A new technological decade has unfolded, and businesses are gearing up to keep pace with the emerging trends and evolving user requisites of this era. Industry giants are claiming to have their strategies in place, in order to mitigate any risks which the year 2013 may pose. But are all industries indeed ready?
As of March 2013, the US automotive industry has recorded a sale of 3,689,089, but will the pace be maintained throughout? Are mobility firms prepared for the next decade? In order to determine this, automakers will need to keep an eye in the emerging trends of the industry and adopt them into their business models. Here are 5 key trends which every mobility firm must be mindful about as it strategizes for the upcoming financial year.
- Governments will regulate the need for safer and cleaner transportation. As far as secure individual mobility is concerned, governments are currently focusing on three core areas- environmental compatibility, preservation of resources and safety. This will prompt original equipment manufacturers (OEMs) to render a diversified range of safer and cleaner vehicles, especially zero-emission transportation. While, consumers will weigh their vehicle-buying decisions based on penalties and incentives at their disposal.
- New players will set foot in the automotive sector. The evolving consumer needs, introduction of Automotive IT solutions and advancing technology have paved way for new entrants to set foot in the mobility market. Even non-automotive firms are rendering services like mobility integration, car-sharing and ‘black box insurance’ based on usage, which decides the premium limit based on electric vehicle integration, real-time evaluation of driving performance and advanced car entertainment systems. The evolution of these new business models will allow the new players to become an integrated part of the traditional automotive value chain.
- Automotive marketing will get an edge with social media initiatives. The marketing trends in the automotive industry have witnessed a major shift. From showcasing a gleaming car in a 30-second slot, the means of marketing have become more social. Lately, consumers have been doing a thorough research before deciding upon which vehicle to invest in. Social media platforms have facilitated the access to a plethora of information, including perceptions and opinions of other consumers. Buyers are resting their decisions on reviews which they acquire from influential blogs and websites, other consumers and news features- sources on which the mobility firms can’t exercise any control. At the same time, OEMs are harnessing social platforms to develop closer bonds with consumers. They are adapting to the paradigm shift and utilizing it to market their products to a wider audience base.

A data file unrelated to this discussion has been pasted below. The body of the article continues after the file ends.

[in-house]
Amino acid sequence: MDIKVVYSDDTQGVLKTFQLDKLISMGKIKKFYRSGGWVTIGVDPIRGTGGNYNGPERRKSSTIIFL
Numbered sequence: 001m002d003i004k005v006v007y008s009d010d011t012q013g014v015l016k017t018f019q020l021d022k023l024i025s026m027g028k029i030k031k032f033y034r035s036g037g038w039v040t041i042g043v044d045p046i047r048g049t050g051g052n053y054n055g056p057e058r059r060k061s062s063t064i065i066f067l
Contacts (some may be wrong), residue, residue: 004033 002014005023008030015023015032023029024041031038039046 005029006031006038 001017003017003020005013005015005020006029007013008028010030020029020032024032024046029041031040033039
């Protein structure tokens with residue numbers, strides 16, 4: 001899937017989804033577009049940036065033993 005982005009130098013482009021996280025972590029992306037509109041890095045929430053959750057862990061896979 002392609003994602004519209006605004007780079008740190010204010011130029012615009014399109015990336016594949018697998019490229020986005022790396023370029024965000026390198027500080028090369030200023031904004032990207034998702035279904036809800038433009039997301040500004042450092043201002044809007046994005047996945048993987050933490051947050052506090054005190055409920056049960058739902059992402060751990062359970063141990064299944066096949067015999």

- OEMs will look forward to rationalizing their portfolios. Post surviving the recession blues, most OEMs will shift their focus from volume to sustainability and profits. Emerging OEMs will look forward to climbing up the scale as soon as possible, by either acquiring in their home market or eyeing the developed nations, in order to build a global presence.
- Globalization of the sector will result into emergence of new risks. Globalization is paving way for new risks and OEMs are continuously devising radical operational strategies in order to mitigate these risks. Whether it’s the volatile prices of raw materials and misalignment of demand and supply, or it’s the shortage of qualified workers and changing regulatory prices, automotive firms are facing a reality check pertaining to their globalization efforts. In the wake of these challenges, industry must gear up to implement mitigation strategies in order to simplify the adaption of the value chain. And implementation of automotive software solutions is being viewed as one of the prime solutions to these challenges.